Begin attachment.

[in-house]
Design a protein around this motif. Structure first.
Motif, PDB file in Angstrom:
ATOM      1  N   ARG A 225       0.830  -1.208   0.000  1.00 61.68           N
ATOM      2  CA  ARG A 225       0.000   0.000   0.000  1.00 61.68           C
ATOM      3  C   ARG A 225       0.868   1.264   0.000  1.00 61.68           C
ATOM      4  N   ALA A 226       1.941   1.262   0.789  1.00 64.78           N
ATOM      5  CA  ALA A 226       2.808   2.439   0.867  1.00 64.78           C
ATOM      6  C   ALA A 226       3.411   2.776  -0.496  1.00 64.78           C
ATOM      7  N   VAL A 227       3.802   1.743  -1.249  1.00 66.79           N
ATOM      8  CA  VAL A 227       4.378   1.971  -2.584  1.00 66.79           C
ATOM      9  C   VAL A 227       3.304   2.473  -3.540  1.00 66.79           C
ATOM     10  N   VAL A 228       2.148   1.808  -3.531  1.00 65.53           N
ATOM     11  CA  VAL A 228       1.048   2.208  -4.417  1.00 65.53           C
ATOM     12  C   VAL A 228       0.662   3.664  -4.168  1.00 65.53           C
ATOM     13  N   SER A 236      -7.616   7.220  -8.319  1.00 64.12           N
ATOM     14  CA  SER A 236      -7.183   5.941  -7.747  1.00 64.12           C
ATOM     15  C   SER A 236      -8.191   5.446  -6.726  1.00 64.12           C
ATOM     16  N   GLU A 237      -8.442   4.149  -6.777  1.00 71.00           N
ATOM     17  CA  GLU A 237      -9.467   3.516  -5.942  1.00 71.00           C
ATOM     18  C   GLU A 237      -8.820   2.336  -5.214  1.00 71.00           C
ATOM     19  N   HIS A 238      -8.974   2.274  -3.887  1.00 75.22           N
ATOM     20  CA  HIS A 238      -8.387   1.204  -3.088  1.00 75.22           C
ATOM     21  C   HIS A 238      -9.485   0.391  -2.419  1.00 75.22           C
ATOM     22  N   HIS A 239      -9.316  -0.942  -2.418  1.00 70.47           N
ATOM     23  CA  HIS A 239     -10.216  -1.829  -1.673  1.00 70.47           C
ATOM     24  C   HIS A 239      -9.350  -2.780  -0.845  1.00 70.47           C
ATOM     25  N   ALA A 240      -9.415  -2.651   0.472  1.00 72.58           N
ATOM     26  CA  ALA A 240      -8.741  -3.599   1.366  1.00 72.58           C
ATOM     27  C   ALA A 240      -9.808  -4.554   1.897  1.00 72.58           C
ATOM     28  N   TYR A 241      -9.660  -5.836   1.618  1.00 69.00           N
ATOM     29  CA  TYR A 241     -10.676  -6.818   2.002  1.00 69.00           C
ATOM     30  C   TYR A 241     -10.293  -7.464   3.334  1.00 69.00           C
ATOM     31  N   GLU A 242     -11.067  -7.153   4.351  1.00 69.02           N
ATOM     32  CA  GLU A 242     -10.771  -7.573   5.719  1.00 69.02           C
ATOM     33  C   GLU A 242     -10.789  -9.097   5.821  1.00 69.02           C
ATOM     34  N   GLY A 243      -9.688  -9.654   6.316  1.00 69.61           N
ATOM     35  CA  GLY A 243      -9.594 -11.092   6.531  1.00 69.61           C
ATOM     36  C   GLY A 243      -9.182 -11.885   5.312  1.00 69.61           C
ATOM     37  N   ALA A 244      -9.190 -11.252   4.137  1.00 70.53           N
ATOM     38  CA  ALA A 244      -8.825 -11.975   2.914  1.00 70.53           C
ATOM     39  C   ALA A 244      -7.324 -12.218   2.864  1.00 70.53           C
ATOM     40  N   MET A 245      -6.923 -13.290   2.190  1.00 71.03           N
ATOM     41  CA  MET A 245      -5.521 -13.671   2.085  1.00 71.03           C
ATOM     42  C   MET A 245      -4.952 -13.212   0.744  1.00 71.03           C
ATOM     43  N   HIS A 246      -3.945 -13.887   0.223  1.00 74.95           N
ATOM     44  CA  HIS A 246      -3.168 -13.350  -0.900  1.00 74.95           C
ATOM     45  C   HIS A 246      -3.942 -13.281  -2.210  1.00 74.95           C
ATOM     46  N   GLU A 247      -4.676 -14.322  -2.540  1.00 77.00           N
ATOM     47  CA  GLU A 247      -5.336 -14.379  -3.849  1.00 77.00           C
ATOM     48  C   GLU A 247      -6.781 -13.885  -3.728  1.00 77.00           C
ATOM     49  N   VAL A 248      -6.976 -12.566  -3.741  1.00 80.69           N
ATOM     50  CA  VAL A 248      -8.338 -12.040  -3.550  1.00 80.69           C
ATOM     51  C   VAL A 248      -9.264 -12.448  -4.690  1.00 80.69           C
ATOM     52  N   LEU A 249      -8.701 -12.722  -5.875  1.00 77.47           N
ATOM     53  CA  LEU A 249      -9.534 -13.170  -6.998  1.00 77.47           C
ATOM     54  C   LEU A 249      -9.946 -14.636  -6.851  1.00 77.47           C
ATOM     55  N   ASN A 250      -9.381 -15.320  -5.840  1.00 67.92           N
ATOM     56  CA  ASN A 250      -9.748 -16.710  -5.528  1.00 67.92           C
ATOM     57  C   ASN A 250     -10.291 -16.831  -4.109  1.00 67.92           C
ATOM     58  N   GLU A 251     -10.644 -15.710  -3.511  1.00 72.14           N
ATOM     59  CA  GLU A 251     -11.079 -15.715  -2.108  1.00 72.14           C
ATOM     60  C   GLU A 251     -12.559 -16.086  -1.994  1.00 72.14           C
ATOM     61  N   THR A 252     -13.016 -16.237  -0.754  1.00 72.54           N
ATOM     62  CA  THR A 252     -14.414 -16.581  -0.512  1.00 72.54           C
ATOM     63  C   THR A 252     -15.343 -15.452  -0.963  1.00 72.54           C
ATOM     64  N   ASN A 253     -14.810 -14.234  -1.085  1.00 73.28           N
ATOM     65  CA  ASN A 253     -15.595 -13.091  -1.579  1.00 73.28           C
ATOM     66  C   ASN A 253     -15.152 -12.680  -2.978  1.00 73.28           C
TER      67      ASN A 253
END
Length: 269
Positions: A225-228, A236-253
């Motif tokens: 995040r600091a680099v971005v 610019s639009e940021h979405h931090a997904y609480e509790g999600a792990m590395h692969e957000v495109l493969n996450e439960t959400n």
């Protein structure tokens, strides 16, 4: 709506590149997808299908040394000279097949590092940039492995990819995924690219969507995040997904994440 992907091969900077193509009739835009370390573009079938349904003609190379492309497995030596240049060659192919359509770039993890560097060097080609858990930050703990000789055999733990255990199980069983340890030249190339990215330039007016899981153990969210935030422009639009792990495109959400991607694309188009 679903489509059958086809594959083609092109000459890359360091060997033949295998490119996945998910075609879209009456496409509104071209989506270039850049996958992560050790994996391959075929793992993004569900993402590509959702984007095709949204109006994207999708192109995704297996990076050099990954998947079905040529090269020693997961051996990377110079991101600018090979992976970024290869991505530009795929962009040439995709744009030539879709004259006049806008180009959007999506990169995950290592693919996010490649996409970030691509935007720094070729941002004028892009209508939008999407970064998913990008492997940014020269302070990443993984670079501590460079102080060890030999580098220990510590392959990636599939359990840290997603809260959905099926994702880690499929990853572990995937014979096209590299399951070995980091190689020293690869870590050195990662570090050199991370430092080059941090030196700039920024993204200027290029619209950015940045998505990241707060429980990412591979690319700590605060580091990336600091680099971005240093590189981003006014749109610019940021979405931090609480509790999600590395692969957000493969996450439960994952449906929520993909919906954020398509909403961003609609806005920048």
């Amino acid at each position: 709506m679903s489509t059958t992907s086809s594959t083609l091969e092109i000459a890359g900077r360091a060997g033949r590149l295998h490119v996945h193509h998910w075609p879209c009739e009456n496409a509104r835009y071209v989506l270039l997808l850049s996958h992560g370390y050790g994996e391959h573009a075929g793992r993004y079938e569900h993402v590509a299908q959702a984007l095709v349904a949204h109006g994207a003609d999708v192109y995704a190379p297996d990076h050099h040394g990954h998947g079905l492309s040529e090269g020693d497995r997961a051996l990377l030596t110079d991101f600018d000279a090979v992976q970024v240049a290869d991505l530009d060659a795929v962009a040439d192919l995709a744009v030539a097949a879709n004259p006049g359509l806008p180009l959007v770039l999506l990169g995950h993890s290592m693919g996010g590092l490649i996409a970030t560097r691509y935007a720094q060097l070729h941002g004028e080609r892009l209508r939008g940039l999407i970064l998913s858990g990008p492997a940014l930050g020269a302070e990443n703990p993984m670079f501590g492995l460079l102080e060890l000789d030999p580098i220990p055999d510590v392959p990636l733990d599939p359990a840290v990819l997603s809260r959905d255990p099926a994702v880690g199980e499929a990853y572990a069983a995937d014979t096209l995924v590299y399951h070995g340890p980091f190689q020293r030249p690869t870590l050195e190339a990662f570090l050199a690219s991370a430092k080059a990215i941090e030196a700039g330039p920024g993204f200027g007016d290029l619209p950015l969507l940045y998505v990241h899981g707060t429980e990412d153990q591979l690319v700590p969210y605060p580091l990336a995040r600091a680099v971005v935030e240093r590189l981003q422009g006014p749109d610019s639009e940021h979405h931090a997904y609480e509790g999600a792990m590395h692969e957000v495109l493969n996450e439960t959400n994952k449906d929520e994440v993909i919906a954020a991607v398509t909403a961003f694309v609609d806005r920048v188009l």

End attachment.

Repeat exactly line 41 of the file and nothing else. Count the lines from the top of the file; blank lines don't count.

ATOM     38  CA  ALA A 244      -8.825 -11.975   2.914  1.00 70.53           C